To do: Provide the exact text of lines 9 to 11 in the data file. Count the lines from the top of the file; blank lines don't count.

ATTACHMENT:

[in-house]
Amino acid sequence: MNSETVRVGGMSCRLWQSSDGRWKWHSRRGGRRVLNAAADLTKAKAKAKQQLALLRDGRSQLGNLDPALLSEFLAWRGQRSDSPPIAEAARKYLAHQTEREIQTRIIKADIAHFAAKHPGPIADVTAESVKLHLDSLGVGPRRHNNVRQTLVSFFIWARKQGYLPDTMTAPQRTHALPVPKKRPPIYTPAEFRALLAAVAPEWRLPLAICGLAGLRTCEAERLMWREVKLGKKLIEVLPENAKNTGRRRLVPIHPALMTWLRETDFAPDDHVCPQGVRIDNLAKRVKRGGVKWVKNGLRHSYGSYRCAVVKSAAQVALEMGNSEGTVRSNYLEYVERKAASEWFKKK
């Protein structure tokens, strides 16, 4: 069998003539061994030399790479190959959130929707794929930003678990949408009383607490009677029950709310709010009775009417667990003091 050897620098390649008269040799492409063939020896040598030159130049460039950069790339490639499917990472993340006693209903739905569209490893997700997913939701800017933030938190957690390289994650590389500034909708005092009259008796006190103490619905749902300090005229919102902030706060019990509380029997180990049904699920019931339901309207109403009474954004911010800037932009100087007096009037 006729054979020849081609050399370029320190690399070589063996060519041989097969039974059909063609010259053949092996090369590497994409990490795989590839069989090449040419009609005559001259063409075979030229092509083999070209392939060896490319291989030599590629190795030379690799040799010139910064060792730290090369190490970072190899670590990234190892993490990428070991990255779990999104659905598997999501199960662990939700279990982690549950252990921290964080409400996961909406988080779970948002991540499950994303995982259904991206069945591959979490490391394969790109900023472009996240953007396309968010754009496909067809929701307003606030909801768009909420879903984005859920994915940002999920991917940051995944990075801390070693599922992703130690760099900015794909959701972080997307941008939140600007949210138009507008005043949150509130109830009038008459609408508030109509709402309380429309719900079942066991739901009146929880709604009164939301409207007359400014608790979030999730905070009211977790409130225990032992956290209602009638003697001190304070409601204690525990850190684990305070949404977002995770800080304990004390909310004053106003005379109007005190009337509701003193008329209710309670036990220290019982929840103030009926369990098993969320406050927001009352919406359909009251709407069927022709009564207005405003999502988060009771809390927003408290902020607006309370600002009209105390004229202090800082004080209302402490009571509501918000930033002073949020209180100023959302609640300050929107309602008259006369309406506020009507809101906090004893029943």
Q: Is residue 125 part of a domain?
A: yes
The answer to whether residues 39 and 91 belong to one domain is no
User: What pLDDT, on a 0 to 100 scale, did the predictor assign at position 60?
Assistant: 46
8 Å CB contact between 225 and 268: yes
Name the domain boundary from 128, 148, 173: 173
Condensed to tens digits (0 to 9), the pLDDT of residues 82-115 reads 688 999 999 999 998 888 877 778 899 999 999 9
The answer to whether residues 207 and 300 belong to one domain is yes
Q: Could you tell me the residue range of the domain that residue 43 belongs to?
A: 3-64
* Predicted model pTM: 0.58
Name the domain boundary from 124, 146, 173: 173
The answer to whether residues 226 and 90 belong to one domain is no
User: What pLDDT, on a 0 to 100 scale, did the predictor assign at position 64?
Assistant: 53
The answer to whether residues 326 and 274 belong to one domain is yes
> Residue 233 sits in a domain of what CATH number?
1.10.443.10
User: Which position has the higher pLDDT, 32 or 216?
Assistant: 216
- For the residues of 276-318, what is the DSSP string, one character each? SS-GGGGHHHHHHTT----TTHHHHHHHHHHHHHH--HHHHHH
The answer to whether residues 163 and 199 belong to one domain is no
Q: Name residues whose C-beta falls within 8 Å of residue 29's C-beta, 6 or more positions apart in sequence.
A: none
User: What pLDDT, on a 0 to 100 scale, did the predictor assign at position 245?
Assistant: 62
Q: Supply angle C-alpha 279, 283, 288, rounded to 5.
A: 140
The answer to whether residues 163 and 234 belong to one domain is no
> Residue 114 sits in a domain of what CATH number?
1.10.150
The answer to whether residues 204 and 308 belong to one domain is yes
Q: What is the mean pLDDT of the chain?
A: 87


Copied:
8 Å CB contact between 225 and 268: yes
Name the domain boundary from 128, 148, 173: 173
Condensed to tens digits (0 to 9), the pLDDT of residues 82-115 reads 688 999 999 999 998 888 877 778 899 999 999 9